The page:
- South Carolina Gamecocks - February 13, 2016 - 12:00 PM EST - Colonial Life Arena, Columbia, S.C. - ESPN
GAINESVILLE, Fla. – If preseason dreams of grandeur were to come true for the Kentucky Wildcats, their trip to Florida on Saturday was supposed to be just a footnote in the pursuit of much grander goals. Touted by some as a team that could 40-0, conference perfection would just be another notch in the belt for the preseason No. 1 team in the country.
On Saturday at the O’Connell Center in Gainesville, Fla., history unfolded alright, but the Cats were on the wrong side of it.
Thrashed by the current top team in the land, UK finished its regular season Saturday a disappointing 22-9. Florida, the much more experienced team, accomplished some of the history the Cats were aiming for at the beginning of the year, polishing off the first-ever 18-0 season in the Southeastern Conference with an 84-65 pummeling of No. 25/24 Kentucky.
“They’re going to carry this with them for the rest of their lives,” Florida head coach Billy Donovan said. “They’re going to have their children and they’re going to come back here and they’re going to be remembered for what they’ve done. They’ve done something that’s not happened here before.”
UK was hoping to turn its season around by spoiling the Gators’ pursuit of perfection, but the Cats didn’t do themselves any favors by falling in a hole in the first half that proved to be too big to climb out of.
Florida went on a 24-6 run to take a commanding 44-22 lead and eventually a 49-28 halftime advantage, more than enough to sustain a 15-0 run by Kentucky that only temporarily made things interesting in the second half.
“No. 1 team in the country at home on Senior Night and a team that came out a little timid, you’re going to be down 20, 25 points,” John Calipari said. “Unfortunate, but (the Gators) are that good. If you don’t come and play, you’re going to get smashed.”
UK found itself in the hole with its fourth straight poor shooting performance. The Cats made just eight of their 23 field goals in the first half (34.8 percent), only five of the makes inside the arc.
Throw in the 11-first half turnovers and Florida’s gaudy shooting numbers – the Gators hit 61.5 percent of their attempts in the first 20 minutes, including 7 for 12 from behind the arc – and UK looked like it was about to get run out of the building.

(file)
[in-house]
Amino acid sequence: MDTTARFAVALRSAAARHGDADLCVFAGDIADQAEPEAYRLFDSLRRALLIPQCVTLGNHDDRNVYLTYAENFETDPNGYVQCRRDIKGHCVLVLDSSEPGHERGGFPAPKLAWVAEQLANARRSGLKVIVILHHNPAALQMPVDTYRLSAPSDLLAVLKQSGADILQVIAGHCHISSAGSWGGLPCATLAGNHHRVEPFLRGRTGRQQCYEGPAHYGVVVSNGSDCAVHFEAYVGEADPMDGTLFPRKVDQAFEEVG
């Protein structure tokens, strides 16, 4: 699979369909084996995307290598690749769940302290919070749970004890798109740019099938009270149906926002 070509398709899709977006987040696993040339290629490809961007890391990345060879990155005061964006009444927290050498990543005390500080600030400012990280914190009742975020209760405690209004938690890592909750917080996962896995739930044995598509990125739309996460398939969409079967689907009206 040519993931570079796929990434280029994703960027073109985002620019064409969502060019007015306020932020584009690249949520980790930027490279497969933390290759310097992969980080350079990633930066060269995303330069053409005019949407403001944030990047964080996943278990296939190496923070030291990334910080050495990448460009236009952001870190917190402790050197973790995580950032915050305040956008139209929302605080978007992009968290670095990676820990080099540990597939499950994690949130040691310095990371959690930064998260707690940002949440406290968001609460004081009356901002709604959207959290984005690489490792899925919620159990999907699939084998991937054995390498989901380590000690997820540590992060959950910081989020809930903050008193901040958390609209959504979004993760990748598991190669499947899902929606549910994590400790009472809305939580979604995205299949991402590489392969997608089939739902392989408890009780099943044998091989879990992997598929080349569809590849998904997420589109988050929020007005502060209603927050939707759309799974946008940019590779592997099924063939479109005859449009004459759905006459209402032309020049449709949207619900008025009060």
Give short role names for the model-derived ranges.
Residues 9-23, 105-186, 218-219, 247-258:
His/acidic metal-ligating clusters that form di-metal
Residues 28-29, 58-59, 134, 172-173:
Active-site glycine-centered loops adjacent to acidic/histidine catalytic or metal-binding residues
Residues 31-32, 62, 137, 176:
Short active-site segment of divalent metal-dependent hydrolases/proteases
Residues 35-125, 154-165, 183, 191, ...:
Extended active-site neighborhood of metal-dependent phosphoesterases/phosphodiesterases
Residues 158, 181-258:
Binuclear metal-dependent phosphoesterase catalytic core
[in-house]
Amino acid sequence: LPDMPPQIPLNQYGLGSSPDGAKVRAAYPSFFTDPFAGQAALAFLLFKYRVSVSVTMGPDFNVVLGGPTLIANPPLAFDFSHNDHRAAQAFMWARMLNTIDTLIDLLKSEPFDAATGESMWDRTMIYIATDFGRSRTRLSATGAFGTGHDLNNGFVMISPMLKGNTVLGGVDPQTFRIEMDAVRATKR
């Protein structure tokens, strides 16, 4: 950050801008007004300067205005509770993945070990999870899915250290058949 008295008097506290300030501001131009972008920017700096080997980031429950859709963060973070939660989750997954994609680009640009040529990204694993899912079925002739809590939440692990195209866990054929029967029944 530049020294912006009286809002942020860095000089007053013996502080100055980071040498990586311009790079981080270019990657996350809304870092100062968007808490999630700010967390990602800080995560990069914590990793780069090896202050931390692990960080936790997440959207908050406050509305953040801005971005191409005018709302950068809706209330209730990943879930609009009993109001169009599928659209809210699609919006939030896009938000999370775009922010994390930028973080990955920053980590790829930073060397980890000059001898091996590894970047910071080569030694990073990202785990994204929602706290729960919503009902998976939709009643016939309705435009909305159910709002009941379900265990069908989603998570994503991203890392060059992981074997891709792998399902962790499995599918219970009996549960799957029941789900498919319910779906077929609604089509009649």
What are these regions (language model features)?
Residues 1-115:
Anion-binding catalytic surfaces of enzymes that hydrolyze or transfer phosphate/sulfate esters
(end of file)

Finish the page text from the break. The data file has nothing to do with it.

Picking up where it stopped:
“Their execution of their stuff, naturally being seniors, is going to be better than us,” Calipari said. “So they get better opportunities, which they did. That team shot 60 percent and 60 from the 3. That doesn’t happen to us. As young as we are, that doesn’t happen. And that’s what they did to us, not what we were.”
For the second time in a month, Kentucky-Florida was a lesson in what experience can do for a team and what youth can cost one.
“They play off of one another,” Calipari said of the savvy Florida veterans. “The best play of the game was Scott (Wilbekin) threw it to one of the bigs and the big threw it back to him and he scored. That’s just two guys knowing each other, playing for each other. For me that was the best play of the game. So that’s the kind of stuff we’re not getting right now. The great ones make a two-on-one look simple. We kind of make those look harder.”
UK stormed back to within six points in the second half, 53-47, when Dakari Johnson made a basket with 12:24 left. The Cats, briefly looking like the team they were expected to be, got back in it by pounding the ball inside and playing defense.
“It was fun coaching them when they were defending,” Coach Cal said. “And the guy that really did it was Alex (Poythress). See what Alex did is it wasn’t his man; he was coming from the weak side, and we don’t have a whole lot of guys doing that – like, anybody other than maybe Willie (Cauley-Stein). And guys don’t think it’s their responsibility. Those are the plays that change the game and gave us our chance to win the game.”